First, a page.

If the employer of wage earners was to become a real capitalist, he was obliged to employ so many workers that the mass of surplus-value produced by them not only afforded maintenance suitable to his class, but also enabled his wealth constantly to increase, which is a necessity for him under the capitalist mode of production, as we shall see.
It is not every sum of money which enables its owner to become a capitalist. If an owner of money is to become a capitalist, his supply of money must be large enough to suffice for the purchase of an amount of labour-power and of the means of production greater than is required by the limits of handicraft business. Moreover, the owner of money must be able to produce unfettered by any obstacles which prohibit him from increasing the number of workers beyond the necessary limits. The guild system of the Middle Ages attempted to prevent the transformation of the master craftsman into a capitalist by restricting the number of wage workers which one master could employ.
“It was the merchant who became the principal of the modern (capitalist) workshop, and not the old guild master.” (The Poverty of Philosophy)
The guild master is an appropriator of surplus-value, but not yet a fully-fledged capitalist.
The guild journeyman is a creator of surplus-value, but not yet a fully-fledged proletarian wage worker.
The guild master still works himself. The capitalist is only a captain and supervisor of the labour of others.
The guild journeyman still employs the means of production, which are only there on his account, to facilitate his work. He is the master’s assistant and collaborator, and as a rule may become a master himself.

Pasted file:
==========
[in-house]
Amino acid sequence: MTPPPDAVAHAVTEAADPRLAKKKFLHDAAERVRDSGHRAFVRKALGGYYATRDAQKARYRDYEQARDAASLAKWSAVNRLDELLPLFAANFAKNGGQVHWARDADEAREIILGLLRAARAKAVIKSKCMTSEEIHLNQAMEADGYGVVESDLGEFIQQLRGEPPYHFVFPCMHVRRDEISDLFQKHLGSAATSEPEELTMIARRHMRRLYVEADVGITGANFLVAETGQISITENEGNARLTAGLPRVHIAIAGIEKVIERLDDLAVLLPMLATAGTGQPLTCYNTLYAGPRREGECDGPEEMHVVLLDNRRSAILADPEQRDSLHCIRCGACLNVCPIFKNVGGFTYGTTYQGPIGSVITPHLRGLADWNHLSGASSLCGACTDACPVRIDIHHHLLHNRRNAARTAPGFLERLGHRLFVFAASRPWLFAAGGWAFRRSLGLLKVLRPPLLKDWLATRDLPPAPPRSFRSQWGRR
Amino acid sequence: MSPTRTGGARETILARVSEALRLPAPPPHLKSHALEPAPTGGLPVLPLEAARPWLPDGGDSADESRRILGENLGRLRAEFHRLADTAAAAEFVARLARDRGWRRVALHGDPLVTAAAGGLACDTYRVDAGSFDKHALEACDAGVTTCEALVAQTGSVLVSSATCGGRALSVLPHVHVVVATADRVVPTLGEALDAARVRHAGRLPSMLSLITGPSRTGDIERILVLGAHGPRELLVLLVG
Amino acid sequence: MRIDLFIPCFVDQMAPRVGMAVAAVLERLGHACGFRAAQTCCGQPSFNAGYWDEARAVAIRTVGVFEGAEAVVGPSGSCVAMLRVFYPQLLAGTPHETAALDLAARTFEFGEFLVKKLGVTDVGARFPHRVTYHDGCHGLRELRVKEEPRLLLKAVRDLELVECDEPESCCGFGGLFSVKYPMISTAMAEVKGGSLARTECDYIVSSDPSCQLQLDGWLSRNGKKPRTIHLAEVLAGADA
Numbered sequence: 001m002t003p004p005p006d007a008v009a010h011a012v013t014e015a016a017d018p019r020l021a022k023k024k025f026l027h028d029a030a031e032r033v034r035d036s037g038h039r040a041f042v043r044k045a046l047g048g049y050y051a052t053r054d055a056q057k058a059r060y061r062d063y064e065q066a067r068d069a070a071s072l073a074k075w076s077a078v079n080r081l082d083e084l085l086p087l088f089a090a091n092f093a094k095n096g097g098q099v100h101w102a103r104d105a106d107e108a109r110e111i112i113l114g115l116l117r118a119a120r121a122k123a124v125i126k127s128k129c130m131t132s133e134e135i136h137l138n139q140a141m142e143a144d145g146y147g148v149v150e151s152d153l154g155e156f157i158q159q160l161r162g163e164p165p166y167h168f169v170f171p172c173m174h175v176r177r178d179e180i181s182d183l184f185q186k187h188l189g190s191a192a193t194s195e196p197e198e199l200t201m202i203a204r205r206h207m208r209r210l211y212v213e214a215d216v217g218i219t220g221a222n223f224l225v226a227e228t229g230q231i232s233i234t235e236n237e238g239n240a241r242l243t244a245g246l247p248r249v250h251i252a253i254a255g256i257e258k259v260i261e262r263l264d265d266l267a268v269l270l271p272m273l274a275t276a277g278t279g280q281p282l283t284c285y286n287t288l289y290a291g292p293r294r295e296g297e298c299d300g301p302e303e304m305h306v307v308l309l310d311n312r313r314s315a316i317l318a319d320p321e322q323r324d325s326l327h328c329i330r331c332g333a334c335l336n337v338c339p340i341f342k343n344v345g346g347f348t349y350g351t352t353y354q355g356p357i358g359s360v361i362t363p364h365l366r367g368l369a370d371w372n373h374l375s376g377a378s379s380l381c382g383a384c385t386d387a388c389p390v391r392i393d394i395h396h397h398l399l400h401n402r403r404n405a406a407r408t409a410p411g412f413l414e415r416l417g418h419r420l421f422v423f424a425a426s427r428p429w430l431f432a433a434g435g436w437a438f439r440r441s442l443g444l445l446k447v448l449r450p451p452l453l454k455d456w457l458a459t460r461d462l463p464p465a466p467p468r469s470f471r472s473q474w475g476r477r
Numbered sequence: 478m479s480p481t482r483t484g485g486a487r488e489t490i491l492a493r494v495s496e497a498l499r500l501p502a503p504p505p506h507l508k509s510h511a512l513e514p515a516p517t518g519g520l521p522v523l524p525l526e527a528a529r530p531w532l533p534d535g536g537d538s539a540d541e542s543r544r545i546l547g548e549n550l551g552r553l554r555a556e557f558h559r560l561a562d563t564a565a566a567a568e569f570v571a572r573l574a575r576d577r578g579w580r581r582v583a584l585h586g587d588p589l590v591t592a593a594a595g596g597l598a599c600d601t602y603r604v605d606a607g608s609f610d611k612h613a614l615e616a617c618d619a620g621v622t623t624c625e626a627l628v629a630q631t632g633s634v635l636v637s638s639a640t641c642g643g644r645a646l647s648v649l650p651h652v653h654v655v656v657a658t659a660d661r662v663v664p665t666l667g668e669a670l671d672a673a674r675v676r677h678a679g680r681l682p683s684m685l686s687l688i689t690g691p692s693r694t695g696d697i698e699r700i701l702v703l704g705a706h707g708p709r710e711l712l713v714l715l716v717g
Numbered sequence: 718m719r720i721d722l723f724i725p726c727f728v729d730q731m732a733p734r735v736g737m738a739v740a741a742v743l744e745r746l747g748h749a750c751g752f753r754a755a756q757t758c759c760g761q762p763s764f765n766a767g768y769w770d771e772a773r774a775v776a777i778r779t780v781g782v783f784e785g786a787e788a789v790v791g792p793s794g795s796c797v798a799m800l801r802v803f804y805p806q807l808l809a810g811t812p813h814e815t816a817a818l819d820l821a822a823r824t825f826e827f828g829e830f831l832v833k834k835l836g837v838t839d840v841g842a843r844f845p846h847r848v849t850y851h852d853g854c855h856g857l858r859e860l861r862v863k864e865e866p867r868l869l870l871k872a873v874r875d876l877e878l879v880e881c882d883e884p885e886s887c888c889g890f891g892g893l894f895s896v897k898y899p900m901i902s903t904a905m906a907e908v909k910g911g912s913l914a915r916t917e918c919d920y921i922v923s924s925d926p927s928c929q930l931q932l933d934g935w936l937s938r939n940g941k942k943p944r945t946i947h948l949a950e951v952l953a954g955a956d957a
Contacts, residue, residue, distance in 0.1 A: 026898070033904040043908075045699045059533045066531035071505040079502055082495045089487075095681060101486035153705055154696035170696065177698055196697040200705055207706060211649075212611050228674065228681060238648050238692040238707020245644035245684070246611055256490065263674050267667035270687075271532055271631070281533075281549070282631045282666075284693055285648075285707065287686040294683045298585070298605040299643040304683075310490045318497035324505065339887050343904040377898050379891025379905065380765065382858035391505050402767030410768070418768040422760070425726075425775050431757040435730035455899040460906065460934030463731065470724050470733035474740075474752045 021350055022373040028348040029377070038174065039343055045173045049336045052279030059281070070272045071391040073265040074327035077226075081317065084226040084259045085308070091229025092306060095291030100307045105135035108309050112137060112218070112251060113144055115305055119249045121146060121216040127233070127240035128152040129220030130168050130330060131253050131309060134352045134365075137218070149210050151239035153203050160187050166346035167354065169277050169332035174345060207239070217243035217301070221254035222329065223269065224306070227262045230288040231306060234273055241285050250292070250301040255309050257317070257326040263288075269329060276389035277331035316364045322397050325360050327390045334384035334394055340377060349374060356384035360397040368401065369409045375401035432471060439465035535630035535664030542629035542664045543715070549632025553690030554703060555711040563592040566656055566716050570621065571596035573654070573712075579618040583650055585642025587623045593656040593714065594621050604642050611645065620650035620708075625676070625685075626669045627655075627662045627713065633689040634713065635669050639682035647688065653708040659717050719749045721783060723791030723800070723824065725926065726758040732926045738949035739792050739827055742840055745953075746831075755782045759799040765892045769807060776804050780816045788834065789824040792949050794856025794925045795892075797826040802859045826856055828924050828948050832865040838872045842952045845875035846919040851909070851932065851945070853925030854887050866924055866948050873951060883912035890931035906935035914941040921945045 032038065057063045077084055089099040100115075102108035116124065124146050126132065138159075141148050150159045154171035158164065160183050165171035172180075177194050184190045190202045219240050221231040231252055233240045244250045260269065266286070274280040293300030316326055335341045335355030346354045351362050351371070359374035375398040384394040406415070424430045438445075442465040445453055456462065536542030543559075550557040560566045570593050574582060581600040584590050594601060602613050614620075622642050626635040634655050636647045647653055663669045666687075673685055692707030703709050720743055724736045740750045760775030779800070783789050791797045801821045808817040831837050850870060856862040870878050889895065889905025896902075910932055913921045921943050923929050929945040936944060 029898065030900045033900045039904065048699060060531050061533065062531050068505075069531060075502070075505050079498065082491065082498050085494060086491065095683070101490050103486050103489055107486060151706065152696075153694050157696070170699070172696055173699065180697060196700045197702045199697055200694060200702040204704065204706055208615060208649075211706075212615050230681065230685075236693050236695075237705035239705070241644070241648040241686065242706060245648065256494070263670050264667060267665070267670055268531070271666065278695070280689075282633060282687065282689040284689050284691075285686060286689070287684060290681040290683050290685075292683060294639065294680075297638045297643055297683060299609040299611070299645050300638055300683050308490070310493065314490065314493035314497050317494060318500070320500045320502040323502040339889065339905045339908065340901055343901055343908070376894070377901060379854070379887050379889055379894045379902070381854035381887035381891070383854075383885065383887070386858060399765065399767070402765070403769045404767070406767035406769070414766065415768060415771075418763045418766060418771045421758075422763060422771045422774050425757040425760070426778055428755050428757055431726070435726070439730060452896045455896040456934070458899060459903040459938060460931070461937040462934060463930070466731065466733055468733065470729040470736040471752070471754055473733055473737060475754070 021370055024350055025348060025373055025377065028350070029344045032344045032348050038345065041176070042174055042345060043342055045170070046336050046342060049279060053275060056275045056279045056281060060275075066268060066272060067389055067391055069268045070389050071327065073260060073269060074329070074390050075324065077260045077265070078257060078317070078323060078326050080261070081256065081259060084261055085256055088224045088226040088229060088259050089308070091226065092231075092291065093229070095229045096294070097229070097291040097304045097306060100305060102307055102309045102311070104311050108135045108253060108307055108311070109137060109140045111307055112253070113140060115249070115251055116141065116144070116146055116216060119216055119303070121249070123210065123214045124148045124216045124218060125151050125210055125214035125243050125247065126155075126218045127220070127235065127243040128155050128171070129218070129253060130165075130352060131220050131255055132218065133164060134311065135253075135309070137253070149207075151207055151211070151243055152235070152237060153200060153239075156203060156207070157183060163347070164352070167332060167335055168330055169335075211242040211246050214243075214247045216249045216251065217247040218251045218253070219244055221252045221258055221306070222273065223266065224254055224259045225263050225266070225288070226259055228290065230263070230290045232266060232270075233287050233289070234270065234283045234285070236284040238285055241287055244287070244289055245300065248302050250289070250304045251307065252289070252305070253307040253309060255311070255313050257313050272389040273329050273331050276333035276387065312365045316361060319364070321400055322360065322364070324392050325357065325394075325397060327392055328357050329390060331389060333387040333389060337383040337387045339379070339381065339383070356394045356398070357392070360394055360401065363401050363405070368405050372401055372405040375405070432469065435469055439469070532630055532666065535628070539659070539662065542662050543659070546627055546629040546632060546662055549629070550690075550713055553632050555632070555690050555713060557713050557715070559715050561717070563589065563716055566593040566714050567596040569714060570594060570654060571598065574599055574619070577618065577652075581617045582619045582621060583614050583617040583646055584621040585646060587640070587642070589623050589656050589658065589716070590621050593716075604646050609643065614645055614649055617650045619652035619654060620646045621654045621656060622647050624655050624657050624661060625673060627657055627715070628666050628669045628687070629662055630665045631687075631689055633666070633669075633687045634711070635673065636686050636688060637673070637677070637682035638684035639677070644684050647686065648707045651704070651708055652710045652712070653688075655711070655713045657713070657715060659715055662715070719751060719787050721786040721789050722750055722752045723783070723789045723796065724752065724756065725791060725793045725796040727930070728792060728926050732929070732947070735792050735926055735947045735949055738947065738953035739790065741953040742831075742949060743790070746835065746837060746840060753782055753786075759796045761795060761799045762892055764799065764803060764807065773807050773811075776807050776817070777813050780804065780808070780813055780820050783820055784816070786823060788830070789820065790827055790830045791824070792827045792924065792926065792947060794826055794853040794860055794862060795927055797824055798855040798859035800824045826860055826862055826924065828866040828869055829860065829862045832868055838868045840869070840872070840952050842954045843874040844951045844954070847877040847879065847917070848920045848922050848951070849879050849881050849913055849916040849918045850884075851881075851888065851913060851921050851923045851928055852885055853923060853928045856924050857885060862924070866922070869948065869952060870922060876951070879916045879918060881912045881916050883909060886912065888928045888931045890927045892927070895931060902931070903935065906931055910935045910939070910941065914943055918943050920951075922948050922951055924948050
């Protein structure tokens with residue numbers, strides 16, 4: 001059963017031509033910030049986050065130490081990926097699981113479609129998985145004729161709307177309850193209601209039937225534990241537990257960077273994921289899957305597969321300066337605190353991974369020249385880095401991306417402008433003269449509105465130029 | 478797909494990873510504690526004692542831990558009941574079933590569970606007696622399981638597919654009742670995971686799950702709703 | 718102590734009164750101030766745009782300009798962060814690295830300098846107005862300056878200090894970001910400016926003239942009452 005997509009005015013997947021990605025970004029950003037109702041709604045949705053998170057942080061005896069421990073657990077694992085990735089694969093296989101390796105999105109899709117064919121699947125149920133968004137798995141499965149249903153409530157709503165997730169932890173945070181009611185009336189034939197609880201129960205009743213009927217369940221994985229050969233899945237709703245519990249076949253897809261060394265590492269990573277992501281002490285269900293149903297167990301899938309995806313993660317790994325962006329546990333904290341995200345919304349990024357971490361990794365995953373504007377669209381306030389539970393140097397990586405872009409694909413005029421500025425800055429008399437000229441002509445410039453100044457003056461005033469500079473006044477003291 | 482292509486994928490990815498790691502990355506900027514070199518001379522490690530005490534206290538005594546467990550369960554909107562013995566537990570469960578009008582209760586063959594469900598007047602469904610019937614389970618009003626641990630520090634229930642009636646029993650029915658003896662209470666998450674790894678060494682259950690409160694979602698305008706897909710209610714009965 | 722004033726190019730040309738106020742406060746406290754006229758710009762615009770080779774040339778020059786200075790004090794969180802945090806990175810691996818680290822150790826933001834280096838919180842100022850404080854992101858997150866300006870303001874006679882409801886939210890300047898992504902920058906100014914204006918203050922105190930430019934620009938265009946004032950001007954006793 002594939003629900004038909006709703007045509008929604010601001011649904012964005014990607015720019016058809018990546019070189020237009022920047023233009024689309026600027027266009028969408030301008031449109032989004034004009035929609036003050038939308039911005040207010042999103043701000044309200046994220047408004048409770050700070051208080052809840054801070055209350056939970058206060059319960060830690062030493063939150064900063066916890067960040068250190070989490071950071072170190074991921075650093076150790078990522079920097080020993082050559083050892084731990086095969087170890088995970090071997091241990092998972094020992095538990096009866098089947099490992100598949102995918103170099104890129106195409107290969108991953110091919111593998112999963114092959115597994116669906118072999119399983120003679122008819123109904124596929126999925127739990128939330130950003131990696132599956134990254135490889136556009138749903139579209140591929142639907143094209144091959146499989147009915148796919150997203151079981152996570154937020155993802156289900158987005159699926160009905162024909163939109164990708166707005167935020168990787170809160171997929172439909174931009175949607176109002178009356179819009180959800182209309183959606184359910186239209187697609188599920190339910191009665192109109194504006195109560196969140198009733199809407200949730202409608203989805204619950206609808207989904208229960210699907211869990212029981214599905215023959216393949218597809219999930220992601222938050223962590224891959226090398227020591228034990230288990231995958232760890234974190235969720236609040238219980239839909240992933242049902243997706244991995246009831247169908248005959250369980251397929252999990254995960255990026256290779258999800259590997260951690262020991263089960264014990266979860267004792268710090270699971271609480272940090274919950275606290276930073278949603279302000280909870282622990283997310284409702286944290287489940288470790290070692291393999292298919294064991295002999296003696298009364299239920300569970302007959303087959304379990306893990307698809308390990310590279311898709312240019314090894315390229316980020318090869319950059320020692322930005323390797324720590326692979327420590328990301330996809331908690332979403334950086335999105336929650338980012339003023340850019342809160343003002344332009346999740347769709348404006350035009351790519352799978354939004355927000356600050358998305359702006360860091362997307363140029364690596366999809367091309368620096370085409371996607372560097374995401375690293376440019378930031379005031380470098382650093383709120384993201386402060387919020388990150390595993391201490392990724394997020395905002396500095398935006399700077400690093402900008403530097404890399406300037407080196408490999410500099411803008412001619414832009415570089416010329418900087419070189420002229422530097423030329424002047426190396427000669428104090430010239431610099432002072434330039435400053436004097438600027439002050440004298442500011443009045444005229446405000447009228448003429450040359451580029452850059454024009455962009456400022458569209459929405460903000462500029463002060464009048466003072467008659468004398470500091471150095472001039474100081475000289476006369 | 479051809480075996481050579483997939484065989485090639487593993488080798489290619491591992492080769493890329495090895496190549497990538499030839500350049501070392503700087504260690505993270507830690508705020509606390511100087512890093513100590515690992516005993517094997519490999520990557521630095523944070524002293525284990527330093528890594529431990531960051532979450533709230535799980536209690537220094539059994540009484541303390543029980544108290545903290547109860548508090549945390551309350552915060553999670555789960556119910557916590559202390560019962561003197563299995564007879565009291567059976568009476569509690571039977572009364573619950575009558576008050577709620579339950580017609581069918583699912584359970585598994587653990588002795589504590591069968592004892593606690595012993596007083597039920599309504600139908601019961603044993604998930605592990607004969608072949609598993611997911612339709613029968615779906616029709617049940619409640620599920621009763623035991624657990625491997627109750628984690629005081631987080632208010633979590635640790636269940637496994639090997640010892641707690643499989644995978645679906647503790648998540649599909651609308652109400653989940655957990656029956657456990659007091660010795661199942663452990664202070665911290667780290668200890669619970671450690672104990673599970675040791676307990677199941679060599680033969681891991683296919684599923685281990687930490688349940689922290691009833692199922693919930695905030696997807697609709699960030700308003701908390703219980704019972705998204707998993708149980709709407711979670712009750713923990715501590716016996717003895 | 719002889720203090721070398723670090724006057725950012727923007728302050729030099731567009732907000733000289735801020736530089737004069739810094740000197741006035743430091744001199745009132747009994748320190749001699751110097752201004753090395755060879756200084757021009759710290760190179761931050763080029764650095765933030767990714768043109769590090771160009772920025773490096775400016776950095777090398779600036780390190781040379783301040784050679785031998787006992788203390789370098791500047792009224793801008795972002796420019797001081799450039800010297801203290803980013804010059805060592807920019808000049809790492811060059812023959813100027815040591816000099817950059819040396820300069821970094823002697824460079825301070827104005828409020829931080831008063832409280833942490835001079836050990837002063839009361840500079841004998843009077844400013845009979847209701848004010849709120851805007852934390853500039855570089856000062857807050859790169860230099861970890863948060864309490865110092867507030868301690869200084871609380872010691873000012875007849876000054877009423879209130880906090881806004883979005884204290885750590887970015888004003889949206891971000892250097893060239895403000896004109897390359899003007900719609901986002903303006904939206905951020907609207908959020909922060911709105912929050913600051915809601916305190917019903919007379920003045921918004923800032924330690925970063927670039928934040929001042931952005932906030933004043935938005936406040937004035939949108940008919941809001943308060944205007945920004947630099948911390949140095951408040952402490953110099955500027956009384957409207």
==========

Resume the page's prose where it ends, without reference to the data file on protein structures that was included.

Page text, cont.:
On the other hand, the wage worker under the capitalist mode of production is the sole worker in the production process, and the source of surplus-value, of which the capitalist is the extractor. The means of production now serve primarily to absorb the labour-power of the worker: now it is they which employ the worker, who can never actually become a capitalist. The instruments of labour are no longer there to facilitate the work of the worker; now they assist in chaining him to his work.
If we glance around a capitalist factory, we see perhaps thousands of spindles and thousands of hundredweights of cotton. They have all been bought in order to become a source of profit, that is, to absorb surplus-value. But they cannot become profitable without the addition of labour, and therefore call out for labour, and again for labour. The spinning machine is not installed to facilitate the work of the worker, but the spinner is put there to make the machine profitable. The spindles revolve and demand human labour-power: the worker is hungry, but the spindle continues working, and therefore he must bolt his dinner while he serves his mistress. His strength ebbs and he wants to sleep, but the spindle still revolves briskly and requires more labour; and because the spindle revolves the worker may not sleep.
The dead tool has subjugated the living worker.
Last updated on 19.11.2003